OCR for page 1
printed-circuit TEM horn antennas is available [1]. Although the printed-circuit horn is compact and easy to construct, it has been shown that the best performance results when the horn conductors taper roughly exponentially from the feed to the mouth, and also when the spacing between the conductors tapers roughly exponentially from the feed to the mouth. These antennas are more difficult to construct, but the performance is excellent and the sensitivity is much higher than that of derivative sensors. For transient (wideband) measurements, discontinuities at the throat and at the mouth are crucial. In these antennas the discontinuity at the throat has been ameliorated by tapering smoothly from the parallel plate feed line into the exponential taper. The discontinuity at the mouth can be reduced by employing sawtooth serrations, absorbing sheets, etc. [see 2–4]. It is believed that these well-known design principles will improve on the short-pulse TEM horn “replica antenna” mentioned in the preliminary measurement plan. That antenna was designed for very wideband operation, and is not appropriate for characterization of the signal from the PAVE PAWS system. The purpose of measuring the PAVE PAWS signals with a carefully designed and tested TEM horn antenna is that this antenna would allow a direct measurement of the radiated signal. Since the signal is narrowband, this type of direct measurement should be the primary measurement. If the antenna is carefully designed and tested, internal reflections (ringing) should be significantly reduced. From the results of those measurements, the waveform can be directly observed when displayed on the TDS7404 oscilloscope, and the slope (rise time) immediately determined. Because the gain of the antenna can easily be calibrated over the narrow bandwidth, it is possible to reduce uncertainties in the incident electric field strength that occur with derivative sensors and resulting numerical integrations. The committee therefore recommends that the Air Force develop and use a carefully designed and tested TEM horn antenna. 2) Comparison of Waveforms The committee believes that a comparison of waveforms from a reflector antenna with the PAVE PAWS wave forms will facilitate the determination of whether non-phased array radio frequency information on biologic effects can be used to determine the potential for phased-array biologic effects. A comparison of waveforms from a radar utilizing a reflector antenna and waveforms similar to PAVE PAWS is essential as most biologic and epidemiologic studies undertaken to evaluate risk have been based on traditional non-phased radar signals. Several questions have been raised in the PAVE PAWS study regarding the appropriateness of using those data. First, is whether the granularity in sidelobe radiation produced by differential time delays over the array produces waveforms that are different from those produced by the antenna main beam. Second, is whether there are substantial rise-time differences between reflector antenna and phased-array signals. Third, is whether there are substantial differences in pulse and scan rates of the signals.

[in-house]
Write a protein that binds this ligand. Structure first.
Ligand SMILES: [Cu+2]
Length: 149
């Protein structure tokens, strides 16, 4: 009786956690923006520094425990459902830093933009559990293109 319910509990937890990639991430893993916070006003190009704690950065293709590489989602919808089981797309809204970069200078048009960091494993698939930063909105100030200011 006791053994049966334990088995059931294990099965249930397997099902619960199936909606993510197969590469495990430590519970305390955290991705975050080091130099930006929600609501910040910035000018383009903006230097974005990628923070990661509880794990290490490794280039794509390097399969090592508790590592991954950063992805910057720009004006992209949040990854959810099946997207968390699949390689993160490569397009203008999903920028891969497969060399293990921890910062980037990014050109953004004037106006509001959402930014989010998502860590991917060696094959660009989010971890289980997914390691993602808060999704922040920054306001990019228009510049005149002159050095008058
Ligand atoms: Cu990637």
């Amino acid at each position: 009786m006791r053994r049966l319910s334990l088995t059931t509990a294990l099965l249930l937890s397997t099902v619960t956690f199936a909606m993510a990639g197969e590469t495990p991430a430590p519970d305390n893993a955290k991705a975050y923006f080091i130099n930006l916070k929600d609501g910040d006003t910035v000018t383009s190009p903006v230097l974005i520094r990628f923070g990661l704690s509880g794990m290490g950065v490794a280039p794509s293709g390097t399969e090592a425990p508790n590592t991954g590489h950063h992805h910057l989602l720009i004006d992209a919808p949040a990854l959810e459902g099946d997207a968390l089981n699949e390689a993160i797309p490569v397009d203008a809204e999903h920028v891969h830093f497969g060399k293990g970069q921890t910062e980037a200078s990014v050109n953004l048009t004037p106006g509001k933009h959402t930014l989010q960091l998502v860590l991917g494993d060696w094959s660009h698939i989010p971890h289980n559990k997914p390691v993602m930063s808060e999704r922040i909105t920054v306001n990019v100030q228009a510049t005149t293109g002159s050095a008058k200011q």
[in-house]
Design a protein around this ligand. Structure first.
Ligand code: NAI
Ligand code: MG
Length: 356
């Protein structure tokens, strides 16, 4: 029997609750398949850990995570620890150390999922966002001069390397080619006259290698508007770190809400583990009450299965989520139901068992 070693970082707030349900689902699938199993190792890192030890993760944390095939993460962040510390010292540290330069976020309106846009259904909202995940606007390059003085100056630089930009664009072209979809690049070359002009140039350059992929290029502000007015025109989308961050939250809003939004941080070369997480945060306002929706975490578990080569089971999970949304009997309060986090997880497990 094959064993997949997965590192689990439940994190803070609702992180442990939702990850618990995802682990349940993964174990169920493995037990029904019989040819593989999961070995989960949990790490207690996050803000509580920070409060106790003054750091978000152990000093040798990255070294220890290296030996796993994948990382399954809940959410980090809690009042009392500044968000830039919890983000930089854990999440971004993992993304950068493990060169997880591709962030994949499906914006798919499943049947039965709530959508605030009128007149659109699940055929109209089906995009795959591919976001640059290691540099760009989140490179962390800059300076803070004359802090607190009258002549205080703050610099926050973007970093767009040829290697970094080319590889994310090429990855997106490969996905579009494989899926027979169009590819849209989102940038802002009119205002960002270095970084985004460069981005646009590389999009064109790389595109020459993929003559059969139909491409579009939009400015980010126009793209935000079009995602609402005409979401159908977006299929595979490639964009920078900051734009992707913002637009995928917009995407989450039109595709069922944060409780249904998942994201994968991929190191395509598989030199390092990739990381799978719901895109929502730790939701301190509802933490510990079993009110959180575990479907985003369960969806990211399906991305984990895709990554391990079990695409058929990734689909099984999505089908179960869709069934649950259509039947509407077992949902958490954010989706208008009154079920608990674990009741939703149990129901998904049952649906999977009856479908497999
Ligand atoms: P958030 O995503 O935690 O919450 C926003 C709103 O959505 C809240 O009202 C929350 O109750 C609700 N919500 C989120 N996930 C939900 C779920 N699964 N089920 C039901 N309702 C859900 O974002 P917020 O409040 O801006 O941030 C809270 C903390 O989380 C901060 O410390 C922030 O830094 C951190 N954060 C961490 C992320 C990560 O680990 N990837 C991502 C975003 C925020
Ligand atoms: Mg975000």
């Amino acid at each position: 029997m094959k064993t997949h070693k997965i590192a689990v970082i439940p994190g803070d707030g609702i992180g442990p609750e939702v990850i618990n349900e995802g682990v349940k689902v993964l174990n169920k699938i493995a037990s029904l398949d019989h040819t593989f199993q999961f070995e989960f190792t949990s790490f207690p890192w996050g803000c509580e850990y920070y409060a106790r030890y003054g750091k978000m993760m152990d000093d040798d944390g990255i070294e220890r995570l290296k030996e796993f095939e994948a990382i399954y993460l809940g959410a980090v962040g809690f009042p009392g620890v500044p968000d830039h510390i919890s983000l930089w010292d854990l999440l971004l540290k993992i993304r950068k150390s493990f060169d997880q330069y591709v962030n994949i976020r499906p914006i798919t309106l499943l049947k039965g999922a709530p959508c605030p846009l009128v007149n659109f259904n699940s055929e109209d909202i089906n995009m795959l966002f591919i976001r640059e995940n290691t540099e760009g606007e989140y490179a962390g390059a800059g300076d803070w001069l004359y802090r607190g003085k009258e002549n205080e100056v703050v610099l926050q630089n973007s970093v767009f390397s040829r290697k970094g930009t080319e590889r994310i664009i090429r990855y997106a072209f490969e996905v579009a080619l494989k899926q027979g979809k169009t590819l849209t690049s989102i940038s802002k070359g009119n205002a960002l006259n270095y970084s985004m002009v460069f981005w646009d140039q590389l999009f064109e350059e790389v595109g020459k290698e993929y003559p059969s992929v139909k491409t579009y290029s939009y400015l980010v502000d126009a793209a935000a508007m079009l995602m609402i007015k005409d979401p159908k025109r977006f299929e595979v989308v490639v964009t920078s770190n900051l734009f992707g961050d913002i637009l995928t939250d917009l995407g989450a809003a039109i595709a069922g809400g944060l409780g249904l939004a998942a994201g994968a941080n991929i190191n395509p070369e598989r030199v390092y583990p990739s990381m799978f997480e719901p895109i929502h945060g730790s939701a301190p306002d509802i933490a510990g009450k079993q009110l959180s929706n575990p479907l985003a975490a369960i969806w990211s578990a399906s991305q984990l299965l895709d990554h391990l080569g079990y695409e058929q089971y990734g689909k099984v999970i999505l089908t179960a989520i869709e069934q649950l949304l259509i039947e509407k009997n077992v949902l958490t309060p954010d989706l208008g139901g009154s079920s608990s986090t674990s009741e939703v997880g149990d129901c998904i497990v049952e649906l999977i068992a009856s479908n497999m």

OCR for page 1